European EXPLORATION Provides Chance for Discernment

December 11, 2008

By Vicki Brown*

Twenty-three young people from five countries gathered during European EXPLORATION to consider God's call in their lives, while adults who work with young people used the event to connect with each other and share ideas.
"EXPLORATION is a sign of hope for The United Methodist Church in Germany: Young people gathering to discern God's calling for their lives and willing to engage in the mission of the UMC in making disciples for Jesus Christ for the transformation of the world," said Bishop Rosemarie Wenner, resident bishop of the German Central Conference. The event was held Oct. 31-Nov. 2 in Braunfels, Germany.
"Everyone who attended, including three young people from Estonia, appreciated the opportunity to talk with peers and the leadership—[and appreciated] especially the possibility to experience fellowship with people from the worldwide connection," Wenner said.
The event was supported financially by the General Board of Higher Education and Ministry. The Rev. Meg Lassiat, director of Student Ministries, Vocation, and Enlistment for GBHEM, said one of the most exciting aspects of European EXPLORATION was gathering together students from five different countries.
"Hearing from participants about their ministries in so many different places helps all people to learn about the strength of the United Methodist connection. The three EXPLORATION events in Germany, Russia, and the United States remind us all about the importance of leadership development and vocational discernment for young people throughout the world."
Lemme Täll, who coordinates youth work for the United Methodist Church in Estonia, brought two youth to EXPLORATION.
"I’m taking back some ideas of what we should do in Estonia to get youth together to find out their calling for their lives," she said.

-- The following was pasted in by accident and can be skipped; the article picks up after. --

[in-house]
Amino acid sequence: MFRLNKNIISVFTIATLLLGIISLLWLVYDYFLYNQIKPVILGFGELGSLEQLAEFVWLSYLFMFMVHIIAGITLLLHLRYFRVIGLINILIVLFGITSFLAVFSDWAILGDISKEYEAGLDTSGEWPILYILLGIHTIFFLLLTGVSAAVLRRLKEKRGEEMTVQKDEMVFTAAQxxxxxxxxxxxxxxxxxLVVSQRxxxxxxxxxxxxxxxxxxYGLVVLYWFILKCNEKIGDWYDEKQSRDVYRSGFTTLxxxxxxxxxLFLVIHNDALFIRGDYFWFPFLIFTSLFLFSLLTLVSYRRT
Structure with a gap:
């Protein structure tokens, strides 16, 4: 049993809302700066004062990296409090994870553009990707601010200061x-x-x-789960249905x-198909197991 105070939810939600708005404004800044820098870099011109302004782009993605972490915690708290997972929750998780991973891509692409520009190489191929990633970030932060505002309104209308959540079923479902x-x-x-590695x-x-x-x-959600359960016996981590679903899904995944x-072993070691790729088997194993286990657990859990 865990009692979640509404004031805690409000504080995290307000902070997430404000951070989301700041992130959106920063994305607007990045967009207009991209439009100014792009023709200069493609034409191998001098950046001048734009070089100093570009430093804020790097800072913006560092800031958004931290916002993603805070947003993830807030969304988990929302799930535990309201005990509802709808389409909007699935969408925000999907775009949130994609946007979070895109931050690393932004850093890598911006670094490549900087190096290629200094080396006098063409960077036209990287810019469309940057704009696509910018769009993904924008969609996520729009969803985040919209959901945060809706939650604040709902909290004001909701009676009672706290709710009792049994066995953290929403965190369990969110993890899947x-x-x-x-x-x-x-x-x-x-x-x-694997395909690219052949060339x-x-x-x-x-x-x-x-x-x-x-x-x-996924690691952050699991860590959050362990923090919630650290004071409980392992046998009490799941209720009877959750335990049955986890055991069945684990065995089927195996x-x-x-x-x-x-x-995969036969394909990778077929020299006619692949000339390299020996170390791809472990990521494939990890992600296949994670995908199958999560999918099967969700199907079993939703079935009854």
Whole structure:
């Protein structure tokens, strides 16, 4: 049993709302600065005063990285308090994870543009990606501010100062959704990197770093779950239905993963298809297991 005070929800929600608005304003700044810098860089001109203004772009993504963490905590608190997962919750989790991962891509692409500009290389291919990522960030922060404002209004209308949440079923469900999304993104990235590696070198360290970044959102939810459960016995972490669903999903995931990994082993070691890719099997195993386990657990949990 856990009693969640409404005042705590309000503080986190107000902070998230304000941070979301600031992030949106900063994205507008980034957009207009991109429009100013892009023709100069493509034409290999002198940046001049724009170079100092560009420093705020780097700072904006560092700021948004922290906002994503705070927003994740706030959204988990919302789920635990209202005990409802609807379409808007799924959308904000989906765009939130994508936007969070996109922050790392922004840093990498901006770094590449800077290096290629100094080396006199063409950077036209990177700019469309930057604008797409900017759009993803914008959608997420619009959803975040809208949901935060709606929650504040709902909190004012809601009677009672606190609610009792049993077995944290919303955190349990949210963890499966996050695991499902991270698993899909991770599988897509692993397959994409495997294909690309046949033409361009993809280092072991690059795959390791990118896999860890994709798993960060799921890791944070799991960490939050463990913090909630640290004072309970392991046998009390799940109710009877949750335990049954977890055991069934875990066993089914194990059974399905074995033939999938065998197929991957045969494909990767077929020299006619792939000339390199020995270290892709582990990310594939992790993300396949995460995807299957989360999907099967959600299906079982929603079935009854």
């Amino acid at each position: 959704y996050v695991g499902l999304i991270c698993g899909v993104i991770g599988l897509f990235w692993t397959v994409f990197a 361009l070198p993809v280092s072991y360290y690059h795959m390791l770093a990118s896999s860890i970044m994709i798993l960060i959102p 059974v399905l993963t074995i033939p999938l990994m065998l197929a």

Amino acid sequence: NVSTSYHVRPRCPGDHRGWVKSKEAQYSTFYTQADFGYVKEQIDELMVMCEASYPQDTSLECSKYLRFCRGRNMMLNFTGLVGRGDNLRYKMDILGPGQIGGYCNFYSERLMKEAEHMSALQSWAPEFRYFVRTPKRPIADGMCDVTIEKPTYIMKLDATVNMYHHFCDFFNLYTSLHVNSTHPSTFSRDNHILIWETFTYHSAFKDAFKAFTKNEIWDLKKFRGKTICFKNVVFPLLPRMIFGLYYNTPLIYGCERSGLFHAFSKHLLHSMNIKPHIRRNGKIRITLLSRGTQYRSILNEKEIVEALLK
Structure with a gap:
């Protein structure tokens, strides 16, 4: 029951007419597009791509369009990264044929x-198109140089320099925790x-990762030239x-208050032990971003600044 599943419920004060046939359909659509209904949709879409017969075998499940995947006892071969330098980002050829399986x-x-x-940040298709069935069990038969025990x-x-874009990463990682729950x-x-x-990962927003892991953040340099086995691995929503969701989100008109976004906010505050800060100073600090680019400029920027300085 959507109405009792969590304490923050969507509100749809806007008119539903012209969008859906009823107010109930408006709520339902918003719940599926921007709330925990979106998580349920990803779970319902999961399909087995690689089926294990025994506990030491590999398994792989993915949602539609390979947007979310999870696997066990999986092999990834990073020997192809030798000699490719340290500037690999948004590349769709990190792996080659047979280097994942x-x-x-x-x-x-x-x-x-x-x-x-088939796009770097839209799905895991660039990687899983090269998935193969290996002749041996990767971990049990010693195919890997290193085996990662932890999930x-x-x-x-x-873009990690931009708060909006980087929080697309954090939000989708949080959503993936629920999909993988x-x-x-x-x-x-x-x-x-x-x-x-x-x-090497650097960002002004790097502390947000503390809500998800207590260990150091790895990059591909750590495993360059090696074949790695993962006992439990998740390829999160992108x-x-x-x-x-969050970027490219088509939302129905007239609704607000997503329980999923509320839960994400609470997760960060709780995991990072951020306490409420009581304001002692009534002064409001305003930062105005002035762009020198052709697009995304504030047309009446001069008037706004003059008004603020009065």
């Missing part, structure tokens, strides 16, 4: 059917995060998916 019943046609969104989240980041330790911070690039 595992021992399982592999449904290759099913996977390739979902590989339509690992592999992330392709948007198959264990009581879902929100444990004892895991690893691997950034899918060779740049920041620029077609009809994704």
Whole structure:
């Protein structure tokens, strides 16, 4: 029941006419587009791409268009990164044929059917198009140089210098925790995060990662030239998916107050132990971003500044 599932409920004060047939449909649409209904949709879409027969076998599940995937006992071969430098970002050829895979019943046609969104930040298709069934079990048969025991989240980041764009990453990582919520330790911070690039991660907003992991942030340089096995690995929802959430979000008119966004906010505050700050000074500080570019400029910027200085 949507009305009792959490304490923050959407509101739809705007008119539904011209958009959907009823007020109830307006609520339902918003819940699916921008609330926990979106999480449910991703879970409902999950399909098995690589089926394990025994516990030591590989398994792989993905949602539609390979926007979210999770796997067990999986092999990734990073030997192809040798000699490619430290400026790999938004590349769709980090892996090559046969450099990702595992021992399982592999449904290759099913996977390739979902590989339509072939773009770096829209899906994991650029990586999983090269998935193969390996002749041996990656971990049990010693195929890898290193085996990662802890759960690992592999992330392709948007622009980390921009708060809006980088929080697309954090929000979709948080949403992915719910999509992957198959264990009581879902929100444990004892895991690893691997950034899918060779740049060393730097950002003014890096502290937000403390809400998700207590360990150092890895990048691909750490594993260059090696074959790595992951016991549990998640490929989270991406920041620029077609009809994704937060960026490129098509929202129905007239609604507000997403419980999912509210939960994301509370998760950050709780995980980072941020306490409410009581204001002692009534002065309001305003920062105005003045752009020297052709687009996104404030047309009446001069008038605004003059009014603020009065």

Dominik Schuler, from Basel, Switzerland, said he enjoyed the community. "I feel at home in The United Methodist Church. Now I'm coming home to the church [in Germany] after serving in another country."
Fiona Orr, a member of the Dublin International Mission Team, said the event provided a good time to share the sense of love and passion for helping young people discern God's will.
The keynote speaker was the Rev. Dr. Barry Sloan, a pastor from Ireland, serving in Chemnitz, in the Eastern Germany Annual Conference.
The event took place just a few weeks after the celebration of 150 years of theological education in the Methodist churches in Germany, a fact Wenner called "a wonderful coincidence."
"One hundred and fifty years ago, Methodists recognized that we need people who are answering God's calling and are well educated in theology in order to fulfill the mission of the church of making disciples for Jesus Christ for the transformation of the world. These two aspects are as important today as in the past," she said.
"EXPLORATION invites people to answer to God's call and to use the services of the Theological School in Reutlingen, Germany, as well as other possibilities for leadership training," Wenner said.
*Brown is associate editor and writer, Office of Interpretation, General Board of Higher Education and Ministry.